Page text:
Seborrheic Keratosis

Overview of Seborrheic Keratosis

Seborrheic keratosis is one of the common harmless skin diseases that increase with age. It is waxy wart-like growth visible on legs, face, back or shoulders.

Seborrheic keratosis is harmless and noncancerous skin growth. It also refers to Benign because it becomes localized in one area of the body. As the people get older they have more chances of having seborrheic keratosis.
It is characterized as the brown, black or light tan colour. The harmless growth appears waxy, scaly and slightly raised on the head, neck, chest or back region. In some cases, it is very difficult to differentiate this disease from melanoma (a fatal skin cancer).

Seborrheic Keratosis Prevalence

The prevalence of seborrheic keratosis increases with age in the general population. That’s why it mostly affects the older community. Similarly, the occurrence of seborrheic keratosis increases from 15.7% in 15-19 years to 32.3% in 25-30 years old people. Overall, it accounts for 77.5% of the people suffering from seborrheic keratosis on trunk areas and 22.5% are those who have this disease on limbs, head and neck regions. There is no correlation between eye colour, skin tone and hair colour in this disorder.

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Signs and Symptoms of Seborrheic Keratosis

A seborrheic keratosis seems like a waxy or wart-like growth. It is typically visible on the face, chest, shoulders or back. The skin overgrowth may be single or in multiple forms, depending on the condition.

 A seborrheic keratosis affecting skin has the following features 

  • Colour of the skin ranges from light tan to brown or black
  • Round or oval-shaped
  • Waxy appearance
  • Flat or slightly raised with a scaly surface
  • Size of the skin ranges from very small to more than 1 inch (2.5 centimetres) 
  • Causes itchiness

Types of Seborrheic Keratosis

Causes of Seborrheic Keratosis

Many researchers are investigating the exact cause of seborrheic keratosis but still trying to find it. According to the studies, they report that people inherit it from their relatives and keep it from family to family. It is more likely to develop in pregnant women or individuals who had hormonal replacement therapy.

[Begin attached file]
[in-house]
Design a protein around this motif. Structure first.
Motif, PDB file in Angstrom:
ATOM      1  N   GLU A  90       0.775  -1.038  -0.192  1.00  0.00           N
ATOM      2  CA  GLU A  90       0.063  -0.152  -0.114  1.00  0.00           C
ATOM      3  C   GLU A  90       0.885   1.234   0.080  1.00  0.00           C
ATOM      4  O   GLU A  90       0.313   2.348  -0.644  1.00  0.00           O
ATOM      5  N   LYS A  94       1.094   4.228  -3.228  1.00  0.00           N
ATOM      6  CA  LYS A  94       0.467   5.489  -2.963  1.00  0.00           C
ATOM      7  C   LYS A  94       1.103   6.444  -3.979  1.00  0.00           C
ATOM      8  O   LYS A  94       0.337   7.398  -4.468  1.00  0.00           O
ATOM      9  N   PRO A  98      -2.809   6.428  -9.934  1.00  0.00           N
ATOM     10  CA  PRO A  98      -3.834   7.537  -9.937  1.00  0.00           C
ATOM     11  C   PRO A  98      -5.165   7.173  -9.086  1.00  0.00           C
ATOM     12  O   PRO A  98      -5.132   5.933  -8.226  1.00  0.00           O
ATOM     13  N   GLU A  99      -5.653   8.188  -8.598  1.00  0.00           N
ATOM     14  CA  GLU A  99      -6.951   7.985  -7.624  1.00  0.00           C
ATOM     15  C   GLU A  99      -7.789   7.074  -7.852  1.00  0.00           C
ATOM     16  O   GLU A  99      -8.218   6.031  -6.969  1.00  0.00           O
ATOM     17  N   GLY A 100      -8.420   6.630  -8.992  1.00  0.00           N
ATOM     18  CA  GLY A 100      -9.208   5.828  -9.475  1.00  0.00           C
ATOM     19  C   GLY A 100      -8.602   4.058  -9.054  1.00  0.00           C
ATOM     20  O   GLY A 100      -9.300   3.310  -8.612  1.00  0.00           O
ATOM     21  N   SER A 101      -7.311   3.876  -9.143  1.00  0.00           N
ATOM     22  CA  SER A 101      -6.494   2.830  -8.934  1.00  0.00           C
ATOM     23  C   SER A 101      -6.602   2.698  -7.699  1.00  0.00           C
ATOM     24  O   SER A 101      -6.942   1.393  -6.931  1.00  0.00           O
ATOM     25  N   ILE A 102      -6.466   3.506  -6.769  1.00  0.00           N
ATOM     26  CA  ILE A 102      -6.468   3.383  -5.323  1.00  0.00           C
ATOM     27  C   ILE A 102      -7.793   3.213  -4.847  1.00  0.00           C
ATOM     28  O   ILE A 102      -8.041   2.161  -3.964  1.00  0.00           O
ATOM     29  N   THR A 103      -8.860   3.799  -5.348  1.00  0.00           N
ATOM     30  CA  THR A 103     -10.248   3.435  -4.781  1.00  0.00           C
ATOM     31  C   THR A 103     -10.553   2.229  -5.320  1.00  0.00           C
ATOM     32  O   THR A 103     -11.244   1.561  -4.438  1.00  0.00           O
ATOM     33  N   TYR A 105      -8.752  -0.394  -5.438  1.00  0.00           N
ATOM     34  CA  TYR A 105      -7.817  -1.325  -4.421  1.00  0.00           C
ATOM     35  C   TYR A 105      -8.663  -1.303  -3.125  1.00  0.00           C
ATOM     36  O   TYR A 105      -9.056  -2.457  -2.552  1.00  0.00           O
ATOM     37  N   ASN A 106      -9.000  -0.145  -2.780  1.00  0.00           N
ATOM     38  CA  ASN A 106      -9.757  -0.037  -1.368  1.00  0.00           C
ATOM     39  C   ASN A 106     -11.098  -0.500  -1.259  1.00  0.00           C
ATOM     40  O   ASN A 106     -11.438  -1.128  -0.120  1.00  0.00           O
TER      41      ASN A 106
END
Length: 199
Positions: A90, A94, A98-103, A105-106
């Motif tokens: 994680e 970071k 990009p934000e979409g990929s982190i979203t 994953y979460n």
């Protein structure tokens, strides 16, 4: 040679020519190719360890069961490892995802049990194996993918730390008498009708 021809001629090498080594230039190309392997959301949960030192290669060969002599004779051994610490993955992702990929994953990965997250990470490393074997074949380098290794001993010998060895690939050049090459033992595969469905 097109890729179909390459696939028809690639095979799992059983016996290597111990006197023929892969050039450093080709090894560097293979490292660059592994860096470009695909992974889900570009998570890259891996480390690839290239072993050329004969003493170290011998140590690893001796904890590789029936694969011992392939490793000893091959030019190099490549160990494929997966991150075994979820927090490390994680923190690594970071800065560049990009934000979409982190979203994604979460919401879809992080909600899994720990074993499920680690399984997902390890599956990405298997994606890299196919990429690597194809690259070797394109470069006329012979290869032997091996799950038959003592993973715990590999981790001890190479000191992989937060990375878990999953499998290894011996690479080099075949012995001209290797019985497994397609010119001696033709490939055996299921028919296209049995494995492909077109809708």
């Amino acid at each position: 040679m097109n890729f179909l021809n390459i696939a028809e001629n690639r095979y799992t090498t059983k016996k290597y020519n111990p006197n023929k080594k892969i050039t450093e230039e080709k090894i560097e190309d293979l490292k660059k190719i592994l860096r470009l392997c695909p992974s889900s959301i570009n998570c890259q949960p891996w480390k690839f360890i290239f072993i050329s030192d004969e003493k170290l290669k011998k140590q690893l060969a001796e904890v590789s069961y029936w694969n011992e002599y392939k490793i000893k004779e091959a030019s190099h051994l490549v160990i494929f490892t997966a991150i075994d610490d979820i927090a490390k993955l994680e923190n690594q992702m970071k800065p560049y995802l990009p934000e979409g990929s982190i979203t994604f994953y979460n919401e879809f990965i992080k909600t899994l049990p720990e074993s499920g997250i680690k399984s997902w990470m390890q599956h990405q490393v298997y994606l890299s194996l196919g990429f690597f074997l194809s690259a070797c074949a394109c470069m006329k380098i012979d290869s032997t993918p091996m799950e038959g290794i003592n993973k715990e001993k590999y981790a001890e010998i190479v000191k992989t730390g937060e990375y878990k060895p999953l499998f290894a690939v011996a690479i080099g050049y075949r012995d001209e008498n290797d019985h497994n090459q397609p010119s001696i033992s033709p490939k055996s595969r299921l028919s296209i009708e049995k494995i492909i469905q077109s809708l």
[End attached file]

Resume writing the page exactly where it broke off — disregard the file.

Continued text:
Risk Factors of Seborrheic Keratosis

Certain risk factors affecting these conditions such as:

  • It is more prevalent in old aged people than other age groups and increases as they get older.
  • For those people who had seborrheic keratosis in the family.
  • This disease may also be affected by individuals who have more sun exposure to skin.





A dermatologist is usually diagnosing seborrheic keratosis by eye. If a doctor suspects any complication then they recommend a skin biopsy to the patients.

Skin biopsy is the removal of part of the growth from affected skin for analysis. The culture sample of skin is examined under a light microscope by a trained pathologist.

This helps the doctor to diagnose whether it is seborrheic keratosis or contagious cancer. 

Treatment of Seborrheic Keratosis | When to Consult a Doctor

Seborrheic keratosis treatment is usually needed when individuals with this disease are feeling irritated or may bleed. Then home remedies or surgical methods both are preferable for the treatment of disease.

Note: It is better not to touch it because it may lead to itching, pain, and bleeding.

  1. Home Remedies:

The basic treatment that helps to prevent seborrheic keratosis mostly uses  the following natural products at home :

  • Apple cider vinegar

  • A mixture of tree oil and coconut oil

  • Garlic paste

  • Aloe vera

  • Bath with Epsom salt ( contains magnesium sulphate)

  1. Surgical Methods

Several other options are available for the elimination of seborrheic keratosis:

  • Cryosurgery (Freezing with Liquid Nitrogen): This is a very effective treatment to get rid of seborrheic keratosis. If this treatment is used for raised thicker skin growths, then it may cause discoloration of treated skin. 

  • Curettage (Skin's Surface Scraping): A doctor numbs the area, then removes the growth of skin from the scalpel. In some cases, this scraping is used with cryosurgery to treat thinner or flat skin growths. Electrocautery may also be used with them. 

  • Electrocautery (Burning the affected area with an Electric Current):  A doctor numbs the affected area of skin, then deteriorates the skin growth with electrocautery. It can be used alone or with scraping particularly for thicker lesions. Be careful to handle this device, otherwise, it may leave the scars on the damaged area. It may take a slightly higher time than other removal methods.

  • Laser Ablation (Vaporizing the Growth with a Laser): Laser therapy is another method to get rid of this harmless growth of skin.

  • Treated with Hydrogen Peroxide Solution: If the presence of raised skin growth, then a doctor may prescribe a solution of 40% hydrogen peroxide (Eskata). This solution is directly applied to the skin to remove the unusual skin growth. It may irritate the skin.

Be careful to handle the 40% hydrogen peroxide solution as it may cause eye damage.